SIRI 2 scores

Descriptive statistics for the SIRI 2 total scores were calculated. Total scores were calculated from the ratings provided by participants, with lower scores indicating a higher degree of competency for responding to suicidality (Neimeyer & Bonnelle, 1997). The mean score on the SIRI 2 was M = 186 with a standard deviation of SD = 23. The lowest score was 110 and the highest was 247. The modal score was 178, and the median score was 187.5. Scores were also analyzed using ANOVA, comparing total SIRI 2 scores by race and ethnicity, gender identity, geographic region, and preparedness for working with suicidal clients; no significant differences in SIRI 2 scores were noted based on these grouping variables. Deviation scores were also calculated for each item, subtracting the expert means per item from the sample means per item; these values are reported in Table 1. The average mean difference for any sample item mean from the expert item means was plus or minus .84, and the mean standard deviation was plus or minus .71. The mode of the sample and expert mean deviations was tri-modal, with values of plus or minus .4, 1.0, and 1.8. Descriptively, and based on comparing the expert means to the sample means, the study participants generally rated themselves as less able than experts to recognize clinically appropriate responses to suicidal behavior.

Table 1.Item means, standard deviations, deviation scores, factor loadings, and expert means
Item Sample Mean (SD) DS** Factor (Loading) Expert Mean Item Sample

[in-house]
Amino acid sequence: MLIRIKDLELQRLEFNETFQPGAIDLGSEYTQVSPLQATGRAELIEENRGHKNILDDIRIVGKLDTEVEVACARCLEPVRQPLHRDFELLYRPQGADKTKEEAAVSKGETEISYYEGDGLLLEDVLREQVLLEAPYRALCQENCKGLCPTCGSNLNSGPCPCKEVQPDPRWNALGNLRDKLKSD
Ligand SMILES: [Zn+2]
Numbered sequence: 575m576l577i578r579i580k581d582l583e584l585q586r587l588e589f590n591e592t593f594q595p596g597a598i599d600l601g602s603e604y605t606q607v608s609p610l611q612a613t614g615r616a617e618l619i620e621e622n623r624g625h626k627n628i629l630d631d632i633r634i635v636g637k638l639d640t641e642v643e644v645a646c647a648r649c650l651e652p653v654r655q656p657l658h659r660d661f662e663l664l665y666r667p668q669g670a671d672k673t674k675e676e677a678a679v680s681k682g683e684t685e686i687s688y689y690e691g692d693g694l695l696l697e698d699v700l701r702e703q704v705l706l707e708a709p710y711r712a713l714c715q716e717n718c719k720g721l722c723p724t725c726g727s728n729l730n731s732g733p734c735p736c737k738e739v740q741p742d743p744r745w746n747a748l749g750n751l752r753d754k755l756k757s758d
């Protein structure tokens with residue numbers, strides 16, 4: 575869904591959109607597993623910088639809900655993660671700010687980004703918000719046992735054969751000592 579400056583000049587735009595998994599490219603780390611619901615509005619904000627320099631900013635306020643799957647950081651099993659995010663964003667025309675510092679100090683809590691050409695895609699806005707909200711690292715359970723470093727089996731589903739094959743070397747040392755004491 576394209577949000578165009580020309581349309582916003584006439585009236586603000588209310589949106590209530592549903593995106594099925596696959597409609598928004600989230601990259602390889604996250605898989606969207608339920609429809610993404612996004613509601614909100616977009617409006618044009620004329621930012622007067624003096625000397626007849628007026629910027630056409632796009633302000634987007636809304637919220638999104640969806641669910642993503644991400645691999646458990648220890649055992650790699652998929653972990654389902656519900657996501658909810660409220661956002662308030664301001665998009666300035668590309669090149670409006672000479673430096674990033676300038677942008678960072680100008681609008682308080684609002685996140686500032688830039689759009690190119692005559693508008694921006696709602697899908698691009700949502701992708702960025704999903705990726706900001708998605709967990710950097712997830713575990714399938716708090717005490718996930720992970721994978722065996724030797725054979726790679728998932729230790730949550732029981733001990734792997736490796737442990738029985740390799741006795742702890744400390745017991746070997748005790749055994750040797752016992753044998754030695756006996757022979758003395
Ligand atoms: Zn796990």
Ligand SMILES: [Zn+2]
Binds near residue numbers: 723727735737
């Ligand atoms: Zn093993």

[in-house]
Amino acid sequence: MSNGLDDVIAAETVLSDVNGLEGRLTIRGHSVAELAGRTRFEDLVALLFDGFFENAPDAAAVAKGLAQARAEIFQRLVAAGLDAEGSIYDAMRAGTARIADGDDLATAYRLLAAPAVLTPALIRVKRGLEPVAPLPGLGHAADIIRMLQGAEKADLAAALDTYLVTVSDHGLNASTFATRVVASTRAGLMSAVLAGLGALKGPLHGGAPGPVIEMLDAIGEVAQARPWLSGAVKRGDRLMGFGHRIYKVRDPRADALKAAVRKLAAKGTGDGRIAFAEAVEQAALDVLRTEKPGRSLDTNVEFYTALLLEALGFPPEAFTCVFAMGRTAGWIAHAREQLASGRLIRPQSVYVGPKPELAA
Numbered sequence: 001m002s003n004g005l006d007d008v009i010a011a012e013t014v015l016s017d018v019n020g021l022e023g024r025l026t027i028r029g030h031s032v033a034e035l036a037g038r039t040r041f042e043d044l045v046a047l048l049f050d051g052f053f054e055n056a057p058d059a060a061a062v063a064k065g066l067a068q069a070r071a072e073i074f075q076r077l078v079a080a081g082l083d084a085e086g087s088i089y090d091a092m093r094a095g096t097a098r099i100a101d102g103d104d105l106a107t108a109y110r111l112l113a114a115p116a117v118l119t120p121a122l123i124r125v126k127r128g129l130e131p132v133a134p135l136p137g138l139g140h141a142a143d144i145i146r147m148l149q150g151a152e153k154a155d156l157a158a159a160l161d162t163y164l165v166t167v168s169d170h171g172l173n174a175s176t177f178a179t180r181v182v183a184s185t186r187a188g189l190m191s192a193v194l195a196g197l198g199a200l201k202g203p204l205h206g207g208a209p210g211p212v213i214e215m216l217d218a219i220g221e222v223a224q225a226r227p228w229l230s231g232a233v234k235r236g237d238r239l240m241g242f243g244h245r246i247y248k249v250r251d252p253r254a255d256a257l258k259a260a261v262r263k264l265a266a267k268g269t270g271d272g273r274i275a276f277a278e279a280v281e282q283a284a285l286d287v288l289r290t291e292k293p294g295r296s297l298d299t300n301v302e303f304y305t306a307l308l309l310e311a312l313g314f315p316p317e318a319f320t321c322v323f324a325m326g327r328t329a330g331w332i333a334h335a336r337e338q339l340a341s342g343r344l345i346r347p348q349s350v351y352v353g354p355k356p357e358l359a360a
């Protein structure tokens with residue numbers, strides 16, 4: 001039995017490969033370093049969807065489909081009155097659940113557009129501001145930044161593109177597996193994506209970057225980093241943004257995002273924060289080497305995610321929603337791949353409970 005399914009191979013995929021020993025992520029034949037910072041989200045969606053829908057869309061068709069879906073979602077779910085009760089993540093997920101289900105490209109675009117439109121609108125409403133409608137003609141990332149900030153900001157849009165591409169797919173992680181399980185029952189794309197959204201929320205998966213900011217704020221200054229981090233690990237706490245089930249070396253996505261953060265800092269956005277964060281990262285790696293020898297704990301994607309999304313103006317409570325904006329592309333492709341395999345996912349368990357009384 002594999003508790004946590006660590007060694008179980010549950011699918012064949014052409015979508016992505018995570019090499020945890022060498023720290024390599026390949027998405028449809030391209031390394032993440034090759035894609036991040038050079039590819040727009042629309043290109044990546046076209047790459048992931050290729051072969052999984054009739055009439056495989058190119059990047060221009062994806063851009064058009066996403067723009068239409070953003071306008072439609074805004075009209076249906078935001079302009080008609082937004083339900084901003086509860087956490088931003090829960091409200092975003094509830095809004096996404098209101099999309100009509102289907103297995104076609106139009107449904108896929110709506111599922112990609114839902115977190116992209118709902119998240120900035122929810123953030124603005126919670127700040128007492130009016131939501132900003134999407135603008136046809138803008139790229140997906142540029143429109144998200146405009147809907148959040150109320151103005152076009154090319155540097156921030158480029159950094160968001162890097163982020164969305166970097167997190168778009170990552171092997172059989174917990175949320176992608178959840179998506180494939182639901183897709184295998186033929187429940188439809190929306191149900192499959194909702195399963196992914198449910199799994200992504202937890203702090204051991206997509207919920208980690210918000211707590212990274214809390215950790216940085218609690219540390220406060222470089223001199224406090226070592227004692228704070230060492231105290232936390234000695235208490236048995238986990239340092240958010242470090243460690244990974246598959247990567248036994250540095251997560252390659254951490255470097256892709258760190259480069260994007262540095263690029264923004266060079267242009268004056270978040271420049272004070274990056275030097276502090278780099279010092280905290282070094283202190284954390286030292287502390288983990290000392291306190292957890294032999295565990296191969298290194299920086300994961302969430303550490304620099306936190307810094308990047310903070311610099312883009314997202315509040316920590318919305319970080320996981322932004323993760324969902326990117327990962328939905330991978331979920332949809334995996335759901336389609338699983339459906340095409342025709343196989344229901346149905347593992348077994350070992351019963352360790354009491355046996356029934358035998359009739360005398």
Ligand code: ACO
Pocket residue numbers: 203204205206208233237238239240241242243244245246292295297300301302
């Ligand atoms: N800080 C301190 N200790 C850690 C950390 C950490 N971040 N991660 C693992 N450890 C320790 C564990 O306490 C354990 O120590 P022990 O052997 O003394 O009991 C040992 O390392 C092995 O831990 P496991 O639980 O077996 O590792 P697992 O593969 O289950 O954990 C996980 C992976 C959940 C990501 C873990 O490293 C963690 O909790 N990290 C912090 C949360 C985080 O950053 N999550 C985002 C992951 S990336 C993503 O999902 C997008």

Mean (SD)
DS** Factor (Loading) Expert Mean
1a -.81 (1.8) -.54 1 -2.71 12a* 1.0 (1.7) -1.0 2 2.0
1b* 2.17 (.9) .31 2 1.86 13a -2.1 (1.1) .44 1 -2.57
2a -2.0 (1.2) .71 1 -2.71 13b* 1.6 (1.4) -.71 2 2.29
2b* 1.4 (1.5) -.44 2 1.86 15a -.41 (1.9) 2.2 1 -2.57
3a .32 (1.9) 2.5 4 -2.14 15b* 1.9 (1.4) -.23 4 2.14
3b* 1.1 (1.7) -1.1 2 2.14 16a* .06 (1.8) -2.1 2 2.14
4a* 1.2 (1.6) -.07 2 1.29 16b -2.4 (1.0) .45 1 -2.86
4b -1.9 (1.6) .96 1 -2.71 17a* 1.5 (1.4) -.08 3 1.57
5a* 1.9 (1.1) -.56 3 2.43 17b -1.1 (1.9) .60 3 -1.71
5b -2.1 (1.5) .60 1 -2.71 18a -1.6 (1.6) .38 2 -2.0
6a .41 (1.5) 2.4 1 -2.0 18b* 1.7 (1.3) .31 4 1.43
6b* 1.8 (1.8) -.77 2 2.57 19b* 1.4 (1.7) -.17 2 -1.57
7a* 1.9 (1.3) -.14 2 2.0 20a* 1.8 (1.1) -.17 2 2.0
7b 1.2 (1.8) 2.5 4 -1.29 20b -2.13 (1.2) .73 1 -2.86
8a -1.4 (1.7) .94 1 -2.29 22a -.95 (1.6) 1.8 1 -2.71
8b* 1.9 (1.3) -.27 4 2.14 22b* 1.8 (1.2) .38 2 1.43
9a -.3 (1.6) .99 2 -1.29 23a* 1.7 (1.2) .11 2 1.57
9b* .47 (1.9) -.82 2 1.29 23b -1.1 (1.6) 1.5 1 -2.57
10a* 1.9 (.96) -.42 2 2.29 24a -.62 (1.7) 1.8 1 -2.43
10b -1.7 (1.5) .73 1 -2.43 24b* 1.8 (1.3) -.37 2 2.14
11a -1.1 (1.5) 1.3 1 -2.42 25a -1.6 (1.7) .97 3 -2.57
11b* 1.4 (1.5) -1.1 2 2.43 25b* 1.6 (1.4) -.86 3 2.43

Note: Expert Mean = As reported in Neimeyer & Bonnelle, 1997; * = items which facilitate appropriate suicide response interventions. DS** = average discrepancy score for each item


Human services students often become first responders in addressing mental health crises, holding positions as operators of suicide hotlines, intake workers, as well as mental health processing group leaders within the final years of their program or upon graduation. In addition, they are often involved in directly combating the suicide epidemic. The findings of this study indicate that participants responded with less competent responses no matter the question being asked when compared to experts. Participants in this study demonstrated being less prepared than experts to respond to suicidal ideation. Overall, participants were more likely to respond with unhelpful or invalidating responses. They were less likely to respond with helpful responses that demonstrated empathy. They were also less able to respond in a way that would elicit information from the clients and were less likely to be direct in their responses. As a result, these findings indicate that undergraduate human services students are ill-prepared to be first responders when attending to or recognizing suicidality.